Also on his agenda this year: rent regulation reform; bringing sports betting to upstate casinos; beginning to implement real campaign finance reform; and enacting a public code of conduct for lobbyists. Regarding the latter, he noted that it would help to eliminate conflicts of interest.
Cuomo said he’d like to increase the smoking age to 21 and see all carcinogens listed on various products. He hopes to expand the bottle law as well as eliminate all one-use plastic bags. “Ban plastic bags once and for all,” he stated.
Continuing with his environmental initiatives, a shellfish restoration program would get $3.6 million. And $2.5 billion will be invested in clean-water infrastructure. That announcement pleased a number of environmental groups.
“This is what national environmental leadership looks like,” said Adrienne Esposito, executive director of Citizens Campaign for the Environment. “The governor’s budget is a huge win for our environment and public health,” she added.
Cuomo said that the budget allows for state Medicare to be increased by 3.6 percent and school funding will increase by 1.6 percent. Seventy percent of the $27 billion funding for education would go to poor schools. He calls this plan the “Education Equality Formula.” He also expects to make the 2 percent cap permanent.
There will be $7.6 billion set aside for higher education. The governor said that 55 percent of CUNY and SUNY students are now attending college tuition-free. And he has raised the threshold of free college tuition to $125,000 per family annually.
However, despite all of the good news, Cuomo said there is still a $3 billion deficit, which is primarily a result of the new federal regulations that limit the amount of SALT money to be deducted from taxes.
“New York is the No. 1 donor state in the United States,” said Cuomo. “We send more money to Washington than we get back.”
He said he intends to sue the federal government over the move that has cost many in the state, primarily on Long Island, a 30 percent increase in taxes as a result.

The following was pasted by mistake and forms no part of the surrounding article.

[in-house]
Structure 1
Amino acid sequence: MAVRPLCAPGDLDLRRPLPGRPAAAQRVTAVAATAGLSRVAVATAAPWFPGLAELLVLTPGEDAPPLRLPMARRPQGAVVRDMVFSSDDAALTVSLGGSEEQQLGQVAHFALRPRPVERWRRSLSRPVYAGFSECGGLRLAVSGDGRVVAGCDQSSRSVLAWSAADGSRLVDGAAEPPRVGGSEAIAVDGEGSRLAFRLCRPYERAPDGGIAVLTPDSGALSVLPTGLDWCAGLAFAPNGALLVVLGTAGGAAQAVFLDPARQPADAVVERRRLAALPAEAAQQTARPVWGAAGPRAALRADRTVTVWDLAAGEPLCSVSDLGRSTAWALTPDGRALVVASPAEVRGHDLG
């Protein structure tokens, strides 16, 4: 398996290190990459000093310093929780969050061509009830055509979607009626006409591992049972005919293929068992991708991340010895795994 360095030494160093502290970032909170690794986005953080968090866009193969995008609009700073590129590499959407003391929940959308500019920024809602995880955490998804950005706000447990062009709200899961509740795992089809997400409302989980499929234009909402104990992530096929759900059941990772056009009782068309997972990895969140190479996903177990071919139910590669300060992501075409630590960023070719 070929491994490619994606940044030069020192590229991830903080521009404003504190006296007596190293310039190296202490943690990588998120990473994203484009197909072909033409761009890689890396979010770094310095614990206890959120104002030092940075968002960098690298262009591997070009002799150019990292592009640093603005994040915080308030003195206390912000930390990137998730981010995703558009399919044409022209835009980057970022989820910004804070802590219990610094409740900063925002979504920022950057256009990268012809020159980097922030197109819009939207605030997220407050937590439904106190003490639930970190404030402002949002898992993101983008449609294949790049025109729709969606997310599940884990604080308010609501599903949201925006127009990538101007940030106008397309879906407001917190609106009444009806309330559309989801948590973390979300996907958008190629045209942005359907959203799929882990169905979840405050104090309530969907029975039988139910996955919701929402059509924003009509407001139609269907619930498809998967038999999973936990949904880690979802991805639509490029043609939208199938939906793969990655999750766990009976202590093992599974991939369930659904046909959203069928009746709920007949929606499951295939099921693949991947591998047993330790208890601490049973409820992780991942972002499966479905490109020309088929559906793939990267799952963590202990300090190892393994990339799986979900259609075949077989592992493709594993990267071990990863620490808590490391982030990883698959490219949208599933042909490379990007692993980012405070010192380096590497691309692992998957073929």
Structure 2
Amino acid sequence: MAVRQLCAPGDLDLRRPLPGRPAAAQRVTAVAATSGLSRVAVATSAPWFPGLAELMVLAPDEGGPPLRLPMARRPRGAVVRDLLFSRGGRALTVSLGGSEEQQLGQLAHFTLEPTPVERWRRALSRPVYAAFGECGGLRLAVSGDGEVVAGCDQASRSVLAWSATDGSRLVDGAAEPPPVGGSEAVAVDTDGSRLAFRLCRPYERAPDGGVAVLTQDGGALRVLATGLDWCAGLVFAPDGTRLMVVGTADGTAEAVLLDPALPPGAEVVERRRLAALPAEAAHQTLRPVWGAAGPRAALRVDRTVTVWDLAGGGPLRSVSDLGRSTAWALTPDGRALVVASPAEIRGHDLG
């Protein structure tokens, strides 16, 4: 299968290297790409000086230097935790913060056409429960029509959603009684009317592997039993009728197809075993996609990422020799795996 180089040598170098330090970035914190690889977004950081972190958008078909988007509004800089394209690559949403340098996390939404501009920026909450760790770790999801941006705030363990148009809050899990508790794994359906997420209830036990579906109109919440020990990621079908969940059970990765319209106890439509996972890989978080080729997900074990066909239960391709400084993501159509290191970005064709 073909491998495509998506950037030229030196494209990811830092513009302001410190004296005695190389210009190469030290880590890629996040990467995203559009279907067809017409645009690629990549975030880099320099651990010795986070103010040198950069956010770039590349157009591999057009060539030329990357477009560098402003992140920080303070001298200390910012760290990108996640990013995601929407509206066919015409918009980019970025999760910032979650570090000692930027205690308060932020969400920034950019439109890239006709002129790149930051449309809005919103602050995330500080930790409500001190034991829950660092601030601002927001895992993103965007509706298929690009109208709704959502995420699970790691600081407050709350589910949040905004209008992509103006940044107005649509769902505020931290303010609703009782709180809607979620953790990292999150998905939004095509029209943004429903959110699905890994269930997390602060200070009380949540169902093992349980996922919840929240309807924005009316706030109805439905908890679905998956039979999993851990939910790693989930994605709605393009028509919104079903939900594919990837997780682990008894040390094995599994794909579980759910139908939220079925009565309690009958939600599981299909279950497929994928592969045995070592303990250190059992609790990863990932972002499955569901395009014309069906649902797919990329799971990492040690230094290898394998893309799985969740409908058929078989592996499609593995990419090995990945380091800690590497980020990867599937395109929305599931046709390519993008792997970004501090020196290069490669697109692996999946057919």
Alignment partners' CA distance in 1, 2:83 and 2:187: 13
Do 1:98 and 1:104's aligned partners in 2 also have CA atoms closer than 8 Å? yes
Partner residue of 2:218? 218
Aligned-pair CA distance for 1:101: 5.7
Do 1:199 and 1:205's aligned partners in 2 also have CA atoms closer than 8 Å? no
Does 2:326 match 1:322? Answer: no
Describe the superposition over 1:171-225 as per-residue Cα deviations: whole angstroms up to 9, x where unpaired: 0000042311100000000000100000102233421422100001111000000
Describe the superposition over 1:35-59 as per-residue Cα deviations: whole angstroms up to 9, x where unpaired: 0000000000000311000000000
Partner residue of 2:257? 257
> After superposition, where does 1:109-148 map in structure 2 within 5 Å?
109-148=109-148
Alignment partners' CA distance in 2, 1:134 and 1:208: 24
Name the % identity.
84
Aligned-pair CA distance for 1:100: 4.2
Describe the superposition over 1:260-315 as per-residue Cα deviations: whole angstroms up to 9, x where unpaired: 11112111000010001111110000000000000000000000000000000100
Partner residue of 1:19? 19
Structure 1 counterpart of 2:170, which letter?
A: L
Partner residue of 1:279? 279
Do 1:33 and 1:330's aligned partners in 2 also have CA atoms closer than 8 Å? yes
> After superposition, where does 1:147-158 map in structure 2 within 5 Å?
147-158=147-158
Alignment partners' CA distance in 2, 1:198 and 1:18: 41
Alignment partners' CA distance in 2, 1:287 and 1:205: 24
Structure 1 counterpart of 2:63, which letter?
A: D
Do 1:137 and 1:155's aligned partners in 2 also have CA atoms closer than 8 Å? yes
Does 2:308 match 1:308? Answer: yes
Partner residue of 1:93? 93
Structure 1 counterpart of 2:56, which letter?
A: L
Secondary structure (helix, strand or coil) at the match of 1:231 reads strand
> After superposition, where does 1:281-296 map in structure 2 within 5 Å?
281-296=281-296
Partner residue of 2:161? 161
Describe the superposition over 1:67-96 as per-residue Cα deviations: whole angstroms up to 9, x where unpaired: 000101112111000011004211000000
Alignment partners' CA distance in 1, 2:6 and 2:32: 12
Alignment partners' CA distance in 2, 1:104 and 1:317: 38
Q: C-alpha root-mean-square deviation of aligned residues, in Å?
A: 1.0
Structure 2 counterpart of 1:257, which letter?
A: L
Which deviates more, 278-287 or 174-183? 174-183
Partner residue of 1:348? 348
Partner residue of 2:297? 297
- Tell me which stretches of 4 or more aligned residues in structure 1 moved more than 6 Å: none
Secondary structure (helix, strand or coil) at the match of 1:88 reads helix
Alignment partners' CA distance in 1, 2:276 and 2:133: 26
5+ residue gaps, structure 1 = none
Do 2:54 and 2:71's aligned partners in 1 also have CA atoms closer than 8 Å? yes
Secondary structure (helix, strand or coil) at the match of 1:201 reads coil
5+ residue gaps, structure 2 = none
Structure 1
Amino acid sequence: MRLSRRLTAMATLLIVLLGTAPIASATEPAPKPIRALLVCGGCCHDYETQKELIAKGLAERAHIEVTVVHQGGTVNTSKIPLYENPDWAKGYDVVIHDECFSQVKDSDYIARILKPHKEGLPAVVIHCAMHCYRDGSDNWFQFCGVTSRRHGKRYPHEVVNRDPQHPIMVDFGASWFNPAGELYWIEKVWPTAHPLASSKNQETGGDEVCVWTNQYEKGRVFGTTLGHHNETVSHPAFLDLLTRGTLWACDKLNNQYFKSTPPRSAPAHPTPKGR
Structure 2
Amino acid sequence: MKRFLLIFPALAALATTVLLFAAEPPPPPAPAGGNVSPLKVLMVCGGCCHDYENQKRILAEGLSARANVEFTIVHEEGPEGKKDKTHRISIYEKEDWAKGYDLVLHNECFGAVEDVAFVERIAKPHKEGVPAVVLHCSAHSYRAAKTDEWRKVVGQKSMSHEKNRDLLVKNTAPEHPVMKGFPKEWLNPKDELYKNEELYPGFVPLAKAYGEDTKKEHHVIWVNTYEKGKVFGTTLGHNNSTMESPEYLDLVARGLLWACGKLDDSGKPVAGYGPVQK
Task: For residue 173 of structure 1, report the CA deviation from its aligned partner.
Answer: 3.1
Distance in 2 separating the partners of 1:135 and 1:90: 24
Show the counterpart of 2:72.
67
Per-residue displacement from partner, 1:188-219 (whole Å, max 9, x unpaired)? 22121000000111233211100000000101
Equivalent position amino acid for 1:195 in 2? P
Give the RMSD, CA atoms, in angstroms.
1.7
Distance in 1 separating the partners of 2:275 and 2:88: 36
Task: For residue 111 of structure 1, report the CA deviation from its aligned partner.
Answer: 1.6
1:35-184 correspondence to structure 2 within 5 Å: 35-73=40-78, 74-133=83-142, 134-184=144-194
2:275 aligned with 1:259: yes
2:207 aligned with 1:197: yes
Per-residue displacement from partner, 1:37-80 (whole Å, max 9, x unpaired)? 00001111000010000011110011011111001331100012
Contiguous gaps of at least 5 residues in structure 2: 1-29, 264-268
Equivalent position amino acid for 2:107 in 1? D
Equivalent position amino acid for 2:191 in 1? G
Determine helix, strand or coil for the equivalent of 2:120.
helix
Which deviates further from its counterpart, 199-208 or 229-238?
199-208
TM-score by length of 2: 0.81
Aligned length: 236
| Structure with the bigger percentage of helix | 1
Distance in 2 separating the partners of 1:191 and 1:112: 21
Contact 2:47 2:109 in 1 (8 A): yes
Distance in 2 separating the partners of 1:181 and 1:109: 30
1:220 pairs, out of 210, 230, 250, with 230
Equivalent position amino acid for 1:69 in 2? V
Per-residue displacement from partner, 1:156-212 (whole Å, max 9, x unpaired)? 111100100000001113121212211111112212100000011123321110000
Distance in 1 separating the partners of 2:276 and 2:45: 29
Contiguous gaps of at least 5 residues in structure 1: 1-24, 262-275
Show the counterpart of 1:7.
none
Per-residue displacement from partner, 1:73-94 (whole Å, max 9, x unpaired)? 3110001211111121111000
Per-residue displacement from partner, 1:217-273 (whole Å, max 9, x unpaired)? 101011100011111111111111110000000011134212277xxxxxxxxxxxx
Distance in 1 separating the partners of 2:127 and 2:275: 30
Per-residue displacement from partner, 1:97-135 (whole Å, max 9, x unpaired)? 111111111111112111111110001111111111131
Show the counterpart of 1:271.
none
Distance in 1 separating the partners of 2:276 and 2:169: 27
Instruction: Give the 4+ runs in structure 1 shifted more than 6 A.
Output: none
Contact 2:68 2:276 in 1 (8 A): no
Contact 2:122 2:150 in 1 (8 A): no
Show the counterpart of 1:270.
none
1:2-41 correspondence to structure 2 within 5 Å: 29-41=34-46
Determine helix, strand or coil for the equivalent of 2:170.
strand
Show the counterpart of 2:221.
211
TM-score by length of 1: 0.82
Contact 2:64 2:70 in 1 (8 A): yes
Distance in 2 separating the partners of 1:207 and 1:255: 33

His remarks drew praise from Suffolk County Executive Steve Bellone, who released a statement shortly after the governor’s speech. Bellone noted, “While Washington remains plagued by a shutdown, Governor Cuomo has unveiled the antidote to that dysfunction with the most aggressive agenda that New York has ever seen.
“Governor Cuomo understands the challenges of working families in suburban counties all across our state. Whether it’s working to make the property tax cap permanent, rebuilding our aging infrastructure, extending labor protections to local government employees or stopping the federal SALT tax increase, the winner of 2019 is clear: Long Islanders.”
However, not everyone in Albany shared that sentiment. “Gov. Cuomo tells us that our state is booming, year after year, but the highest exodus rate and worst economic outlook in the nation paint a far different story for middle-class New Yorkers,” said freshman Assemblyman Michael LiPetri (R-9th District) in response to the governor’s speech.
“Long Islanders are sick of being the piggy bank of the state, suffering through crumbling roads, underfunded schools and questionable water quality, while our taxes continue to rise,” he said. “I agree with the governor that affordability, especially in our region, should top the list of priorities, but we’ve been fooled by his empty rhetoric before.” However, LiPetri noted that he would work with both sides of the aisle to make progress happen.
Cuomo said he is very hopeful that his agenda will indeed come to fruition. Referring once again to the Democratic majority in the state, he said, “We have a moment in time. We are in control. And I believe that together, we can do it.”